The doctor blew out his cheeks. “Between two and four in the morning, I’d say, but don’t hold me to that. All I’m supposed to do here is certify the death.”

Drasche trudged over, carrying his forensics kit. “Did anyone here touch the body?”

One of the policemen spoke up hesitantly. “The doctor. And me. But just to feel for a pulse. I looked for ID or a wallet too, but couldn’t find anything. We didn’t alter her position.”

“Okay.” Drasche beckoned to Ebner, who was poised with his camera at the ready. While the forensics team took photographs and collected samples, sealing them in small containers, Beatrice’s gaze rested on the dead woman. She tried to fade out everything else around her: her colleagues, the traffic noise from the main road, the chiming of the cowbells. Only the woman mattered.

She was laid on her stomach, her head turned to the side. Her legs were bent out to the right, as though she had been paralysed mid-sprint. Her hands were behind her back, her wrists lashed together tightly with cable tie.

Eyes closed, mouth half open, like death had caught up with her while she was still speaking.

Beatrice’s mind instinctively filled with images. The woman being dragged along through the darkness. The precipice. She struggles, digs her heels into the ground, pleads for her life, but her murderer grips her tightly, pushes her toward the edge, waits until she can feel the depths of the abyss beneath her. Then, just a light push in the back.

“Everything okay?” Florin’s hand touched her arm for a second.

“Sure.”

“I’m just going to talk to the others. I’m guessing you want to immerse yourself for a bit, right?”

That’s what he called it. Immersing oneself. Beatrice nodded.

“Don’t go too deep.”

She watched as he walked over to the two officers and engaged them in conversation. She took a deep breath. It didn’t smell of death here, just cow dung and meadow flowers. She watched Drasche as he pulled a plastic bag around the woman’s hands. Ideally, she would have liked to climb over the fence to have a closer look at the body, but forensics wouldn’t take too kindly to that; Drasche in particular could get very touchy. Without taking her eyes off the dead woman, she walked in a small arc along the pasture fence, trying to find another vantage point. She focused her attention on the woman’s clothing: a bright red silk jacket over a floral-patterned blouse. Expensive jeans. No shoes; the soles of her feet were dirty and speckled with blood, as if she had walked a long way barefoot. Amid the dirt, there were dark flecks on each foot. Small, black marks. Or perhaps something else …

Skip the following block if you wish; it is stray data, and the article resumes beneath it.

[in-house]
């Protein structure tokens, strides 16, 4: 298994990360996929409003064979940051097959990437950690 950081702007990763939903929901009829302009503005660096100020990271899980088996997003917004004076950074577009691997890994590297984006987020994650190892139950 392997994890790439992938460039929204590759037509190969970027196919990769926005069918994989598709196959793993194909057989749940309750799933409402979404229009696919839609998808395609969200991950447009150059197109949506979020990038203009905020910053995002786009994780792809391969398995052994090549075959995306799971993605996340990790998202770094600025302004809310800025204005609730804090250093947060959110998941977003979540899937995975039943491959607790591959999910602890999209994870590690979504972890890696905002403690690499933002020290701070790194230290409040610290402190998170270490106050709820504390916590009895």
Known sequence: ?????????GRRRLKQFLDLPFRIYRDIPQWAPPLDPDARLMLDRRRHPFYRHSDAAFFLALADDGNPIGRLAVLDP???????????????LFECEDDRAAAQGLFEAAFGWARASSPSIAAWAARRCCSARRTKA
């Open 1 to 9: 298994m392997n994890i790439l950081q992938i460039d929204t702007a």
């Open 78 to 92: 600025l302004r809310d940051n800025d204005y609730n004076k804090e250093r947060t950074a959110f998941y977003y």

Beatrice knelt down, squinting, but she couldn’t see clearly from this distance. “Hey, Gerd!”

Drasche didn’t stop what he was doing for even the blink of an eye. “What?’

“Could you take a look at the victim’s feet for me?”

“Just a second.” He fastened the transparent bag with adhesive tape before moving down to look at the lower end of the corpse.

“What the hell?”

“There’s something there, isn’t there? Characters of some kind, am I right?”

Drasche gestured to Ebner, who snapped a series of close-ups of the feet.

“Tell me!” She lifted the barbed wire fence and ducked underneath. “What is it?”

“Looks like numbers. There’s a series of numbers on each foot. Could you please stay where you are?”

Beatrice struggled against the temptation to move closer. “Can I see the photos?”

Drasche and Ebner exchanged a glance that betrayed both irritation and resignation.

“Show her,” said Drasche, clearly disgruntled. “It’s the only way she’ll leave us in peace.”

Ebner put his camera in viewing mode and held it out for Beatrice to see.

Numbers. But not exclusively—the first character on the left foot looked like an N. Written in an unsteady hand, the oblique line tailed off in the middle before starting again. It reminded her of Mina’s handwriting back in kindergarten, the strokes leaning precariously against one another like the walls of a ramshackle old hut. The N was followed by a four, a seven, and something that looked like either a zero or a lower-case o. Then another four, a six, another six, a zero and a five. Black, irregular strokes.

She zoomed in. “Are they painted on? With a waterproof pen maybe?”

She looked at the other foot. Again a letter first, then a series of numbers. An E with crooked horizontal lines, followed by a zero, a one, a three. Then another of the little circles. A brief gap, then five more numbers. Two, one, seven, one, eight.

“No, they’re not painted on.” Drasche’s voice sounded hoarse. “I’d say they were tattooed.”

“What?” She looked closer. Now that he’d said it, it suddenly seemed like the only plausible explanation. They were tattoos. But on such a sensitive part of the body, surely it was quite rare to have such a thing. So now the question was: Did she already have them, or had they been inflicted on her by the killer?.